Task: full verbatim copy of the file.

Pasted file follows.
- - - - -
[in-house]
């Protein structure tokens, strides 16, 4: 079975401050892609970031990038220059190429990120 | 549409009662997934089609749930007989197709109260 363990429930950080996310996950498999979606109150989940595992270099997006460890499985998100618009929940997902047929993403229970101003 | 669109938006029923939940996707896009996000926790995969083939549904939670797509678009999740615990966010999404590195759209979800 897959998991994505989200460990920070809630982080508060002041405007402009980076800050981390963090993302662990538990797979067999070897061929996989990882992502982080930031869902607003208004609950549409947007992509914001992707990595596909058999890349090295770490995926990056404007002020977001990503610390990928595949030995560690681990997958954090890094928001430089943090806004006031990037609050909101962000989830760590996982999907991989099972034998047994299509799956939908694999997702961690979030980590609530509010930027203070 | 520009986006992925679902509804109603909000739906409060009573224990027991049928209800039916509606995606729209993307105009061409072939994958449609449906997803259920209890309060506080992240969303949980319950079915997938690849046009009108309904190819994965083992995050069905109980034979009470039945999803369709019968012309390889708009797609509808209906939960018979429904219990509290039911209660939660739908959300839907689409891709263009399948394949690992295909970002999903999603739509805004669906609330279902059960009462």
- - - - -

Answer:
[in-house]
């Protein structure tokens, strides 16, 4: 079975401050892609970031990038220059190429990120 | 549409009662997934089609749930007989197709109260 363990429930950080996310996950498999979606109150989940595992270099997006460890499985998100618009929940997902047929993403229970101003 | 669109938006029923939940996707896009996000926790995969083939549904939670797509678009999740615990966010999404590195759209979800 897959998991994505989200460990920070809630982080508060002041405007402009980076800050981390963090993302662990538990797979067999070897061929996989990882992502982080930031869902607003208004609950549409947007992509914001992707990595596909058999890349090295770490995926990056404007002020977001990503610390990928595949030995560690681990997958954090890094928001430089943090806004006031990037609050909101962000989830760590996982999907991989099972034998047994299509799956939908694999997702961690979030980590609530509010930027203070 | 520009986006992925679902509804109603909000739906409060009573224990027991049928209800039916509606995606729209993307105009061409072939994958449609449906997803259920209890309060506080992240969303949980319950079915997938690849046009009108309904190819994965083992995050069905109980034979009470039945999803369709019968012309390889708009797609509808209906939960018979429904219990509290039911209660939660739908959300839907689409891709263009399948394949690992295909970002999903999603739509805004669906609330279902059960009462």